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President Obama addresses Bill Cosby rape allegations

During a press conference to discuss his administration’s landmark nuclear deal with Iran, President Obama fielded a question about an unusual topic: Bill Cosby.

When asked if he believes Cosby’s Medal of Freedom, the highest award given to a civilian, should be revoked given the dozens of rape allegations levied against him, the president said there was “no precedent” for stripping the honor.

“There’s no precedent for revoking the medal,” President Obama said during the news conference. “We don’t have that mechanism.”

Instead of moving on to the next question, the president paused and then reminded the nation that having sex with someone who cannot is unable to consent is indeed rape.

As you know, I tend to make it a policy not to comment on the specifics of cases where there still might be if not criminal then civil issues involved.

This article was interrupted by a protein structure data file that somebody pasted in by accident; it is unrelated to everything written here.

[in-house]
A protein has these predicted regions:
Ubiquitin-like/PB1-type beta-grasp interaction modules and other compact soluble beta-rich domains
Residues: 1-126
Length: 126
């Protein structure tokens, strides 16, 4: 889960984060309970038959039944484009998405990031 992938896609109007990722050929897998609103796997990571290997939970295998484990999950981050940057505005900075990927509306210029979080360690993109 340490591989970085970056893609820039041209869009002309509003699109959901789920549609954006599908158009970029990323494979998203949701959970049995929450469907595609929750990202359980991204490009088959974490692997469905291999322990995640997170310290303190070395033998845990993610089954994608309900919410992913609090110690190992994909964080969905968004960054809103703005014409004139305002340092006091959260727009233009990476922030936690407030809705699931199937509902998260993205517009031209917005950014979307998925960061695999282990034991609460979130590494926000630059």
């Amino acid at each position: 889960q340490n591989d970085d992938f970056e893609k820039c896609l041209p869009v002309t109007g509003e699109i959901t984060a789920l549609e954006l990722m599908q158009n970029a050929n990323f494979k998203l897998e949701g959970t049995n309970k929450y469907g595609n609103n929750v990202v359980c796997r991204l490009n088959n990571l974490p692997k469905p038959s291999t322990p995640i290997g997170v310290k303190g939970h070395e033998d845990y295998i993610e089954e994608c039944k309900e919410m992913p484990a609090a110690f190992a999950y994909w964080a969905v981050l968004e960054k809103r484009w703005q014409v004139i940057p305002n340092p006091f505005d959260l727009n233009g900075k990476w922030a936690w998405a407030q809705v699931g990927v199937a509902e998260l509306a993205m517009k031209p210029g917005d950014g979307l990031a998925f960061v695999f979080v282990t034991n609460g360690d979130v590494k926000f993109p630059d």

I’ll say this: If you give a woman — or a man for that matter — without his or her knowledge a drug, and then have sex with that person without consent, that’s rape.

And I think this country — any civilized country — should have no tolerance for rape.

Ending sexual assault has been a priority for the administration. In 2014, the Obama White House has rolled out a series of initiatives aiming to end on campus sexual assault, an issue dear to the president’s heart.

“For anybody whose once-normal, everyday life was suddenly shattered by an act of sexual violence, the trauma, the terror can shadow you long after one horrible attack,” President Obama said during the rollout of the “It’s On Us” campaign. “It is on all of us to reject the quiet tolerance of sexual assault and to refuse to accept what’s unacceptable.”

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